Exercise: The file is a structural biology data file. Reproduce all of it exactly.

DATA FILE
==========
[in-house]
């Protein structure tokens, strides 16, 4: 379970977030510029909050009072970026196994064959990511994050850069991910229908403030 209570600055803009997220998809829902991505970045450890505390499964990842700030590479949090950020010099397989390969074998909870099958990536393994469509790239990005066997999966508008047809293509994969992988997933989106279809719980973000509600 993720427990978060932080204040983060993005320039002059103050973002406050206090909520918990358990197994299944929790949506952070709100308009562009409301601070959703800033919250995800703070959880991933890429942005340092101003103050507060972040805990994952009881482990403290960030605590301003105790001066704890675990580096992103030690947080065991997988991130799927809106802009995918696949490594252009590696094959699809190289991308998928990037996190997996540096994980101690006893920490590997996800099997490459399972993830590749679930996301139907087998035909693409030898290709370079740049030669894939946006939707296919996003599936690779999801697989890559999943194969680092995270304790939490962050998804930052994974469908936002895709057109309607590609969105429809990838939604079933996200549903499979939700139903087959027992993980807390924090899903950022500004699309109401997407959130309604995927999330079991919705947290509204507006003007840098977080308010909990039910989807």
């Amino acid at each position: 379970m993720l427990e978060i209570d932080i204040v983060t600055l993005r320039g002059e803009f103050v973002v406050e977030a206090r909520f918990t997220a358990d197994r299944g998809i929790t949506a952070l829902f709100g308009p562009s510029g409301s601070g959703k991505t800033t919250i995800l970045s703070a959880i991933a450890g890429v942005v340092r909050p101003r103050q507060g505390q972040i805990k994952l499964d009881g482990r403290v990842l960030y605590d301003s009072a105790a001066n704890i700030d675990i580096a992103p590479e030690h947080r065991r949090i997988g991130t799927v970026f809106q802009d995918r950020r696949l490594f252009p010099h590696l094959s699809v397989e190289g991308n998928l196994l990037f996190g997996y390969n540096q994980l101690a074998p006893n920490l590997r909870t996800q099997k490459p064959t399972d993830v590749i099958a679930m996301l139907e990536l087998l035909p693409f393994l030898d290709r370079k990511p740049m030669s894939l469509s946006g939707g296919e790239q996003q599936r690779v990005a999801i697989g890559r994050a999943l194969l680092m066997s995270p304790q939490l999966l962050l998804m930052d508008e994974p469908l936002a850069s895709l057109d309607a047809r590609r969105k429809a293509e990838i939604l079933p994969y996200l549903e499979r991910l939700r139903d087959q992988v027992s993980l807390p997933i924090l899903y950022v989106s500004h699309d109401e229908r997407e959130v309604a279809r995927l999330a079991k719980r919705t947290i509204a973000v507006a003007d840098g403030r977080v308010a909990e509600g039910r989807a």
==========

[in-house]
């Protein structure tokens, strides 16, 4: 379970977030510029909050009072970026196994064959990511994050850069991910229908403030 209570600055803009997220998809829902991505970045450890505390499964990842700030590479949090950020010099397989390969074998909870099958990536393994469509790239990005066997999966508008047809293509994969992988997933989106279809719980973000509600 993720427990978060932080204040983060993005320039002059103050973002406050206090909520918990358990197994299944929790949506952070709100308009562009409301601070959703800033919250995800703070959880991933890429942005340092101003103050507060972040805990994952009881482990403290960030605590301003105790001066704890675990580096992103030690947080065991997988991130799927809106802009995918696949490594252009590696094959699809190289991308998928990037996190997996540096994980101690006893920490590997996800099997490459399972993830590749679930996301139907087998035909693409030898290709370079740049030669894939946006939707296919996003599936690779999801697989890559999943194969680092995270304790939490962050998804930052994974469908936002895709057109309607590609969105429809990838939604079933996200549903499979939700139903087959027992993980807390924090899903950022500004699309109401997407959130309604995927999330079991919705947290509204507006003007840098977080308010909990039910989807």
């Amino acid at each position: 379970m993720l427990e978060i209570d932080i204040v983060t600055l993005r320039g002059e803009f103050v973002v406050e977030a206090r909520f918990t997220a358990d197994r299944g998809i929790t949506a952070l829902f709100g308009p562009s510029g409301s601070g959703k991505t800033t919250i995800l970045s703070a959880i991933a450890g890429v942005v340092r909050p101003r103050q507060g505390q972040i805990k994952l499964d009881g482990r403290v990842l960030y605590d301003s009072a105790a001066n704890i700030d675990i580096a992103p590479e030690h947080r065991r949090i997988g991130t799927v970026f809106q802009d995918r950020r696949l490594f252009p010099h590696l094959s699809v397989e190289g991308n998928l196994l990037f996190g997996y390969n540096q994980l101690a074998p006893n920490l590997r909870t996800q099997k490459p064959t399972d993830v590749i099958a679930m996301l139907e990536l087998l035909p693409f393994l030898d290709r370079k990511p740049m030669s894939l469509s946006g939707g296919e790239q996003q599936r690779v990005a999801i697989g890559r994050a999943l194969l680092m066997s995270p304790q939490l999966l962050l998804m930052d508008e994974p469908l936002a850069s895709l057109d309607a047809r590609r969105k429809a293509e990838i939604l079933p994969y996200l549903e499979r991910l939700r139903d087959q992988v027992s993980l807390p997933i924090l899903y950022v989106s500004h699309d109401e229908r997407e959130v309604a279809r995927l999330a079991k719980r919705t947290i509204a973000v507006a003007d840098g403030r977080v308010a909990e509600g039910r989807a």